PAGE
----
Click on OK.
And on Save
Now start your browser and check that everything is still working.
Unfortunately ghost can't create all necessary files in the storage account. I am not sure why but hopefully they will fix it.
So, browser looks like this
Open storage explorer and take a look
There is nothing has been created in the blob, but the structure should be like this
The only way out, I found is to create all this folders manually. And the easiest way to get all this folders locally for you is to clone my GitHub repo from https://github.com/smigalni?tab=repositories
git clone https://github.com/smigalni/GhostContentFolder.git
Or go to my public Azure DevOps project https://dev.azure.com/sergeydotnet/GhostPlatformPublic/_git/GhostContentFolder
and clone repo from here
Upload all this folders to the storage account.
Now restart App Service in the Azure portal. And open the browser, wait for a while. You ghost platform should be in a good shape and looks like this.
Now we have to set up database, to run on docker we can't use SQLite database, we have to create MySQL.
How to create MySQL database you can read in my this blog post here.
Now when we created MySQL server and database, we have to configure our App Service.
Click on App Service we created and then click on Configuration under Settings.
Add more application settings by clicking on New application settings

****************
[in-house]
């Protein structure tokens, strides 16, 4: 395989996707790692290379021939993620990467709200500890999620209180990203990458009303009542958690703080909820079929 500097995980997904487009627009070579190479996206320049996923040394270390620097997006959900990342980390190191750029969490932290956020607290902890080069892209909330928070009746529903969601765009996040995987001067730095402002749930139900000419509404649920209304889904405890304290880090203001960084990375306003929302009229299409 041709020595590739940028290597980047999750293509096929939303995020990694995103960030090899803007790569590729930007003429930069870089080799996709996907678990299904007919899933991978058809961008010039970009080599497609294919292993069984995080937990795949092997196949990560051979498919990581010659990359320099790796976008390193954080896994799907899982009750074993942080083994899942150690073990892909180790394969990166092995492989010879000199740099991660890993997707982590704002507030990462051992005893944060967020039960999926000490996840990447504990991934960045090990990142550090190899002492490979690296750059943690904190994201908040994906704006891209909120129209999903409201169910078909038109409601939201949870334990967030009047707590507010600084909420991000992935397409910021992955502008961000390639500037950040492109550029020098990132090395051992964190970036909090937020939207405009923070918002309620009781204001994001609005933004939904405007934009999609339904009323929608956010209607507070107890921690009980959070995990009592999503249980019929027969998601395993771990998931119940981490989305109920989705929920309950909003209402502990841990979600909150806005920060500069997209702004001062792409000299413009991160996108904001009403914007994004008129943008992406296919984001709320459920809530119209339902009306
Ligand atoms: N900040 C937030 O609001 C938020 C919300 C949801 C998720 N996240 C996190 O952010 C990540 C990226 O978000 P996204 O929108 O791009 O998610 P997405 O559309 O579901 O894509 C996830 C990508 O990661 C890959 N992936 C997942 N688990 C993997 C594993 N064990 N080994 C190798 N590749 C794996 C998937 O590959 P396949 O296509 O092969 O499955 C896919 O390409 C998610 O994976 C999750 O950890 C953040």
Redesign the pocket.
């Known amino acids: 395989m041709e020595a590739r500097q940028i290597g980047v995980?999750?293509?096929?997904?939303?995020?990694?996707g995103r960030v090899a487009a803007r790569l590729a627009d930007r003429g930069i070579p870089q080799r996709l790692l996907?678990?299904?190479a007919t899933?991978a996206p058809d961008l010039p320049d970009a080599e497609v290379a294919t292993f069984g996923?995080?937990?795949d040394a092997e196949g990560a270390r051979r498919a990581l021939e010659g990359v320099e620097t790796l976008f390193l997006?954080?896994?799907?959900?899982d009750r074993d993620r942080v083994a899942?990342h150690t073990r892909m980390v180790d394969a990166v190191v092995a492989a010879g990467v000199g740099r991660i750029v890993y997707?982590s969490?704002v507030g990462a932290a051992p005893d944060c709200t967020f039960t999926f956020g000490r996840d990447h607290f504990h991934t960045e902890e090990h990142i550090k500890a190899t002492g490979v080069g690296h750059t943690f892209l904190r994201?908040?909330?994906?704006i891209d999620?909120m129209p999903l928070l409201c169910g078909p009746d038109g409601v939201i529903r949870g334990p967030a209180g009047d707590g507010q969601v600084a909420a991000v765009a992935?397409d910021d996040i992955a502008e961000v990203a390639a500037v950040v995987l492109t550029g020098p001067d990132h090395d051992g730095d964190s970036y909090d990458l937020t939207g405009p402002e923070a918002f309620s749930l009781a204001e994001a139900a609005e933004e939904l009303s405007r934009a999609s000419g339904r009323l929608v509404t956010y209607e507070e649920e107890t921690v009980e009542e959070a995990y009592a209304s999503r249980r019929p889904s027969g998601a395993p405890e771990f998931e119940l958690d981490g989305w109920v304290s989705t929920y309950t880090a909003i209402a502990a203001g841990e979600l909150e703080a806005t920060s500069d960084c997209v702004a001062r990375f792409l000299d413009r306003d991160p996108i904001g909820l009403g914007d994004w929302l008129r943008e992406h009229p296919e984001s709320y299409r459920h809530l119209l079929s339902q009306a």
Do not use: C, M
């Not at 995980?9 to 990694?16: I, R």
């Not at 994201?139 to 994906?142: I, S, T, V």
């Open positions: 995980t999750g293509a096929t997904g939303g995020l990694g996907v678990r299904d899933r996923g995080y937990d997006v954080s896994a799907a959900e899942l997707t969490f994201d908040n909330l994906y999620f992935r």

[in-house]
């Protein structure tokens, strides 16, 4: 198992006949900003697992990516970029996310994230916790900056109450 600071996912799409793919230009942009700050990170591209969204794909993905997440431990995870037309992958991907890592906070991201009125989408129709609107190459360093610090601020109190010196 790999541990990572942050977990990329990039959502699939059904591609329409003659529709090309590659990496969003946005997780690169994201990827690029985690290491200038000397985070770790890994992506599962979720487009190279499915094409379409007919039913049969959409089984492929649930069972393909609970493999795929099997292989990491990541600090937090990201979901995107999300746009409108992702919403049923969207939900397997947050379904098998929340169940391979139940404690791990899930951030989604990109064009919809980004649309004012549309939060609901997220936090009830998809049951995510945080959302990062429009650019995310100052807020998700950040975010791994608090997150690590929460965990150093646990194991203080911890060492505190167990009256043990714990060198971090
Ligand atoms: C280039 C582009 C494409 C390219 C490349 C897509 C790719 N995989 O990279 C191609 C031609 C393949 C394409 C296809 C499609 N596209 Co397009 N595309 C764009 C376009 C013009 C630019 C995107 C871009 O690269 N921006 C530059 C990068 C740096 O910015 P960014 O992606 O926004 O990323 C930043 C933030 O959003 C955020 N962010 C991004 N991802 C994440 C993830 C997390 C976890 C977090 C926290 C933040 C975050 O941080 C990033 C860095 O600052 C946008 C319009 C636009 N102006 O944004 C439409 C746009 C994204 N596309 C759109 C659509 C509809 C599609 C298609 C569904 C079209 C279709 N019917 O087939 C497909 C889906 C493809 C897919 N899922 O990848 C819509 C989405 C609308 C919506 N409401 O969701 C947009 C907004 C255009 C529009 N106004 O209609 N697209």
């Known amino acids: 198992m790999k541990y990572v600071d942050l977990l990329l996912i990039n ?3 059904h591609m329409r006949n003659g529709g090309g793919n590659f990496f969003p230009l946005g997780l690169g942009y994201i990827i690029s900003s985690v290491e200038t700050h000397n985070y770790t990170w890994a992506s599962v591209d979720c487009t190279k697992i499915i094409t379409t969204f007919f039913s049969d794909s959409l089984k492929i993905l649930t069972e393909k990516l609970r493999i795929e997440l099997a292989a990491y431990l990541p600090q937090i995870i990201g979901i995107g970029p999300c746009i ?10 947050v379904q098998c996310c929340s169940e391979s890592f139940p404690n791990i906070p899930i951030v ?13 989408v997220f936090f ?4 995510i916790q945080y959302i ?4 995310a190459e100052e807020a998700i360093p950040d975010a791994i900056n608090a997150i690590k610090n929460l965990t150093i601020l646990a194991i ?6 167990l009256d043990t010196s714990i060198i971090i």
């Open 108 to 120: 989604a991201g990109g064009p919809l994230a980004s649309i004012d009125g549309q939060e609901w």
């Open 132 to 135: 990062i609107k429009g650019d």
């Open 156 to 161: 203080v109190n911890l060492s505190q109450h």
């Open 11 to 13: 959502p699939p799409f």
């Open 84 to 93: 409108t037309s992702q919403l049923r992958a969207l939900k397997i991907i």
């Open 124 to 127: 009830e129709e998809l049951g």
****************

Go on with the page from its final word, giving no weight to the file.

database__client: mysql database__connection__database: ghost (or your database name you created) database__connection__host: yourservername.mysql.database.azure.com database__connection__password: your password database__connection__port: 3306 (if you don't changed the default port) database__connection__user: [email protected]
Remember to save changes. Restart App Service. And check that all tables are created in the ghost database.
Remember to set firewall rules for MySql database for your App Service otherwise you will not get access to database.
Now the only thing you have to do to keep up to date with the latest and greatest ghost image is go to your App Service -> Container settings
And change the ghost image tag to the latest version.
Now it's time to create a ghost user. Open your site with backslash ghost, mine looks like this
And follow all steps to create a user. This is pretty easy step.
There is one more thing I want to mention. All applications hosted on Web Apps become idle if nobody use them. And to "wake them up" therefore first request takes a little bit more time then the others. To keep the application always awake the easiest way is to use Application Insights. To read about how to create Application Insights read my blog post here.
Open Application Insights and click on Availability
Click on Add test
Provide the name for the test, Test type should be URL ping test and url for you App Service. Choose also Test frequency, I think each 15 minutes is good enough. Click on Create.
Now your blog will be always alive. In the next blog post I am going to show how we can automate all this manual steps using Terraform and Azure DevOps.